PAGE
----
The end of mainstream support for Windows 7. Learn from past mistakes

Hopefully, by now, you have just about managed to eradicate all the Windows XP computers on your corporate network.

After all, creaky old Windows XP hasn’t received any security updates from Microsoft since April 2014 and if you’re still using it you’re a sitting duck for internet attacks.

Your next mission, should you choose to accept it, is to start thinking about your plans to move away from Windows 7.

I know, I know… it’s a pain isn’t it? You feel like your job as an IT helpdesk guy never ends with a constant stream of urgent jobs, emergency patches and telling your users to turn their printers “off-and-on again” to see if that fixes the problem.

But, as you can see with your own eyes on Microsoft’s website, Windows 7 Service Pack 1 has finally exited “mainstream support”


It shouldn’t really come as a surprise to anyone – consumer PCs with Windows 7 have not been shipped since October 2014, and Microsoft stopped selling standalone versions of the operating system a year earlier.

But, just as we found with the long and lingering death of Windows XP, there are bound to be companies and consumers who are unaware that Windows 7’s days are numbered.

But don’t make the mistake of thinking that the death of Windows 7 is imminent. Although the availability of Windows 7 mainstream support has come to an end, that means that the operating system has transitioned to “extended support”.

The difference between “mainstream support” and “extended support” has confused some, so it’s worth repeating how Microsoft itself describes them:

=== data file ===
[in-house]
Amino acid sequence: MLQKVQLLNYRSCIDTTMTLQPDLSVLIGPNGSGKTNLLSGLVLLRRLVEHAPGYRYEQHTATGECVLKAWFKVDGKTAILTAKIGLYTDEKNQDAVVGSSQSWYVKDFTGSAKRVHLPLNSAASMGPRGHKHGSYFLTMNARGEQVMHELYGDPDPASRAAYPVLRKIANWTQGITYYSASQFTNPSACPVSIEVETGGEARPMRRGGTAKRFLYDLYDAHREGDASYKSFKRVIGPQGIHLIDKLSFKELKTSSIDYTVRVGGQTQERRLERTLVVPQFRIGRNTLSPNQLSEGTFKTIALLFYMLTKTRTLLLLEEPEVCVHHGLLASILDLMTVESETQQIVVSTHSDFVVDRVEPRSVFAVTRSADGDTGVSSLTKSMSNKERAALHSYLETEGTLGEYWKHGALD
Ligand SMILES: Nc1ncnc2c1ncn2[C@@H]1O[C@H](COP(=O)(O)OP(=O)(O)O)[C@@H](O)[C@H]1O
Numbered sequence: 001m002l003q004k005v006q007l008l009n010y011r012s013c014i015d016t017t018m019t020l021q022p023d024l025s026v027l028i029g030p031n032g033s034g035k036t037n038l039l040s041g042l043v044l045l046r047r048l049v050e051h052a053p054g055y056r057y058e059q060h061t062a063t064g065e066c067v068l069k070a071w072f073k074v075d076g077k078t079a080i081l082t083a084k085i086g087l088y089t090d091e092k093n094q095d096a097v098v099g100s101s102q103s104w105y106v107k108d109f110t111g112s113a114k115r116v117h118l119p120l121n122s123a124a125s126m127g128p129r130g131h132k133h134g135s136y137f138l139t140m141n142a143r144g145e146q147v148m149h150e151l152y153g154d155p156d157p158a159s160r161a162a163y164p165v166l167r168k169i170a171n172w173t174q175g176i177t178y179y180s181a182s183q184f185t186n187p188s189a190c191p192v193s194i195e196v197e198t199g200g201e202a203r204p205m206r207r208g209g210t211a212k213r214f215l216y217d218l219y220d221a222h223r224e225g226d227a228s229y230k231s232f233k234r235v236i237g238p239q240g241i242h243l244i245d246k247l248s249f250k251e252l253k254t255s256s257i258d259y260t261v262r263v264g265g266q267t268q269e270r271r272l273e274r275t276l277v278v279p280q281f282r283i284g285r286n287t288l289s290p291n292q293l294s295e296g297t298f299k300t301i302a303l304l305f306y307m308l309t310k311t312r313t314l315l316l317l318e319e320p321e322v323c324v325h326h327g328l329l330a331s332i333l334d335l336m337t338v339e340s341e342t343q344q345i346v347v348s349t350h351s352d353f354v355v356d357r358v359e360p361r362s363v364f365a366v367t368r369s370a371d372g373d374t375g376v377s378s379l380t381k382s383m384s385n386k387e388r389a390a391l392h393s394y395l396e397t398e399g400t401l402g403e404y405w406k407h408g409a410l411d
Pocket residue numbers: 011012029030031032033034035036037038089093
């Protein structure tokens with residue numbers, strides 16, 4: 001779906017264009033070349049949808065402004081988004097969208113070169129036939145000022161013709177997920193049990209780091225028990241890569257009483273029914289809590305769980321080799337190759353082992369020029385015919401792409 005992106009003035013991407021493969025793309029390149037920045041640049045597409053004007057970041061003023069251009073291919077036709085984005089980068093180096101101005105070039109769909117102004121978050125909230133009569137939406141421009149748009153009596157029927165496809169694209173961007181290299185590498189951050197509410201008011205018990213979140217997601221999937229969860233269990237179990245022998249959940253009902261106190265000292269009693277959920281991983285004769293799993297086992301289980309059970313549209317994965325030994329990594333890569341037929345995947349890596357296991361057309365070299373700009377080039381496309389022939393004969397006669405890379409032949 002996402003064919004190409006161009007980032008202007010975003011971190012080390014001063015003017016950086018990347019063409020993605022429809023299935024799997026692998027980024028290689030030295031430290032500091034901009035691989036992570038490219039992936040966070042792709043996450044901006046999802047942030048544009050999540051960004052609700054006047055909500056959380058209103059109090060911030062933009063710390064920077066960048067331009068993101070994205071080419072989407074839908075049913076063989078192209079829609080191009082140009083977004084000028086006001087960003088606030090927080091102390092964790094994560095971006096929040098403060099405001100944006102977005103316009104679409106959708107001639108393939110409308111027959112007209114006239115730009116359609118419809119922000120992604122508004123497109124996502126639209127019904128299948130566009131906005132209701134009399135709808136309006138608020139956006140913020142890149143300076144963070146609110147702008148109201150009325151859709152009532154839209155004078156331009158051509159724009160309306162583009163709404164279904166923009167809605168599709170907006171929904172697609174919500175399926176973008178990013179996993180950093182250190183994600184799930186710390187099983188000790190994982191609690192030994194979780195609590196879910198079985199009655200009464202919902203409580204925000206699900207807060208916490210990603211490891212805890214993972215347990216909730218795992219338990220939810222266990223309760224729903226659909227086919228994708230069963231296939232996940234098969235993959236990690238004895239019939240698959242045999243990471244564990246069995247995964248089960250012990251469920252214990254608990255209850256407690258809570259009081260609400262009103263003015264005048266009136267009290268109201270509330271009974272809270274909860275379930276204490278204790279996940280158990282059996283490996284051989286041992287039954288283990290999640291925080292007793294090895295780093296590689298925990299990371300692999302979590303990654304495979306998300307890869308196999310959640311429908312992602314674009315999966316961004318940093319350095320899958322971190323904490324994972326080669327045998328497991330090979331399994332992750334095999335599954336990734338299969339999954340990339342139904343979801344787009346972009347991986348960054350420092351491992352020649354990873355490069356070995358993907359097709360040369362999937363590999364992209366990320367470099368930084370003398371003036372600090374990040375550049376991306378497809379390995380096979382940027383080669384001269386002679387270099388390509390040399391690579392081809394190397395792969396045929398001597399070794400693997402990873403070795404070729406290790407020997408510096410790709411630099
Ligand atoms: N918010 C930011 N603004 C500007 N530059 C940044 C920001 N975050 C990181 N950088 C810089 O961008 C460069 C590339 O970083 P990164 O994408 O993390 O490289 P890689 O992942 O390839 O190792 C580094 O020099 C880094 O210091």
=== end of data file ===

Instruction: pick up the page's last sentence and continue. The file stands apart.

Mainstream support — Microsoft will offer mainstream support for a minimum of 5 years from the date of a product’s general availability, or for 2 years after the successor product is released, whichever is longer. For example, if you buy a new version of Windows and five years later another version is released, you will still have two years of support left for the previous version.

Extended support — Microsoft will offer extended support for either a minimum of 5 years from the date of a product’s general availability, or for 2 years after the second successor product (two versions later) is released, whichever is longer.

So, currently, support for Windows 7 is due to expire in five years time, on January 14, 2020.

In other words, Windows 7 is going to be receiving any new features from Microsoft, and you won’t be able to call the firm up for free technical support, but you will continue to receive critical security patches for the next five years.

Are you breathing a sigh of relief? I hope not too deeply.

Because even though five years may seem like a long way away, if you’ve only just finished getting rid of the Windows XP computers in your company then you know just how long it can take to move a lot of computers from one operating system to another, checking that software works properly, and (in some cases) upgrading hardware.

If you’re responsible for looking after Windows computers in your company, it’s time to start thinking about your transition plan now. Putting it off until tomorrow only increases the chances of you being caught out when time really is rapidly running out…

Don’t panic. But also don’t get too comfortable. Start thinking now about when you are going to start the process of making sure those Windows 7 machines get upgraded.